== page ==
“body bags” – The death toll could have eclipsed Vietnam, had they done things the same as they did in Vietnam. But no non-imbedded US press was allowed and foreign press were not protected (to be generous to the American treatment of foreign press.) That allowed the potential for greater collateral damage to go undocumented thus enabling a broader brush approach to wiping out insurgent positions amoungst civilians. Also significant is that American weapons and medical technology have advanced enormously, and perhaps most importantly the death toll is not being reported the same way.

    In Vietnam, it took a long time to get a wounded soldier out, and if they died at or enroute to hospital it was counted as a combat death. In Iraq, badly injured soldiers are air lifted out immediately (eg to German base hospital) and (true to this administrations manipulation of statistics) if they die at any point after becoming airborne from Iraq then they are not counted as a combat death.

    NL, so true the Orwell quote at the beginning of the video you posted: “Political language is designed to make lies sound truthful and murder respectable, and to give an appearance of solidarity to pure wind.”

    Some people (yes even shcb) might benefit from watching the NL video a whole bunch of times: http://www.youtube.com/watch?v=x7xyd_IRgGs&NR=1

  24. shcb Says:

    Hi Guys,

    I’m going to answer Onan’s points first since they are the simplest. The 10,000 number I was referring to was for the initial invasion and capturing of Iraq and Baghdad, the timeframe prior to that absolutely awful carrier landing. (just kidding, that was so cool!) From a historical perspective, 4000 deaths in going on five years is a tiny number of fatalities. If you look at JBC’s periodical comparison of Vietnam to Iraq you will notice that the death rate has not changed much throughout this conflict so for the number to climb to 10,000 would take, what, another 8 years. Even I would say we should consider pulling out if it takes another 8 years. Of course that could all change in a moment if some of those 20,000 poison gas warheads the UN inspectors said existed before our invasion but the American inspectors (Marines) can’t find make their way back into Iraq. Then you might need those body bags and you can be vindicated.

    How do you guys do that thing where you indent the quote with the side bar?

    Now on to NL, thanks for the Utube clip, was that supposed to prove me wrong? I was going to make a lot of those points, thanks. Since you thought that clip was damning, I guess I have to explain this whole thing once more. Before I do that, look at the clip at 1:30 this is a classic Michael Moore tactic. The filmmaker sandwiches a short segment of Cheney saying “he” met with them … the he wasn’t Sadam, it has one his kids or Al Zahari, I don’t remember who exactly, but it wasn’t Sadam, and yet it gives the impression it was Sadam. Deception, not as good as Moore, but close.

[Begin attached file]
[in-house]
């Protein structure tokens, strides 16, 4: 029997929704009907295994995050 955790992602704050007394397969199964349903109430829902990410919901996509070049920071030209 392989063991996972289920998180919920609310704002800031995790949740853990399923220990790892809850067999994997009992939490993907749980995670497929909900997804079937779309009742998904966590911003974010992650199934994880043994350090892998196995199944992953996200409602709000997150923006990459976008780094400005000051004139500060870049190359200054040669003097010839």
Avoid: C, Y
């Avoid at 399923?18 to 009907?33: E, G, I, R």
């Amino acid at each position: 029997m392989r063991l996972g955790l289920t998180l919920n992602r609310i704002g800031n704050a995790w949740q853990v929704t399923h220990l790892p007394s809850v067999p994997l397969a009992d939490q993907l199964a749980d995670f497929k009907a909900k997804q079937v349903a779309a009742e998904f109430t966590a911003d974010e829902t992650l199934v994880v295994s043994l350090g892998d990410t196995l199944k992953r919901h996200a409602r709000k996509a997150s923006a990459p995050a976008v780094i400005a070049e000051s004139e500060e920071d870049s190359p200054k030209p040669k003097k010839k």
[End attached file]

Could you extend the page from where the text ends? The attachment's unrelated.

Now none of what I am about to say will make any sense unless you can come to grips with the fact we are at war, and we are at war with a large portion of the Muslim population. This is where you guys are all living in a world of denial, but of course you say I am living in a world of denial, another classic example of liberals saying someone is doing something they aren’t so they can cover for themselves doing that very thing. Now you are going to claim I am setting up a false premise, I’m not, there are example after example of the Arabs attacking Westerners with deadly force since the Carter Administration, there are quotes from Arab leaders saying the goal of the Muslim world is the destruction of the state of Israel, and other quotes saying they want all men to convert or die. Now they probably can’t succeed in these endeavors, but they can sure kill a lot of people trying.

    As the clip correctly showed, there is no direct link to Sadam and OBL, they never raised a glass to each other, hell, they didn’t even like each other, that doesn’t mean they weren’t or couldn’t become allies. In a situation like this you remove threats where you can. When the police raid a house to apprehend a suspect, they put everyone on the ground and handcuff them, then they sort through who is friend or foe, they don’t wait to see who is going to be aggressive. Sadam said he had WMD, most of the world’s intelligence services thought he did or was on the verge of acquiring them. OBL had a method of delivering those weapons anywhere in the world, only a handful of countries have that capability, now these two men who hated each other would share that distinction. The start of beautiful relationship.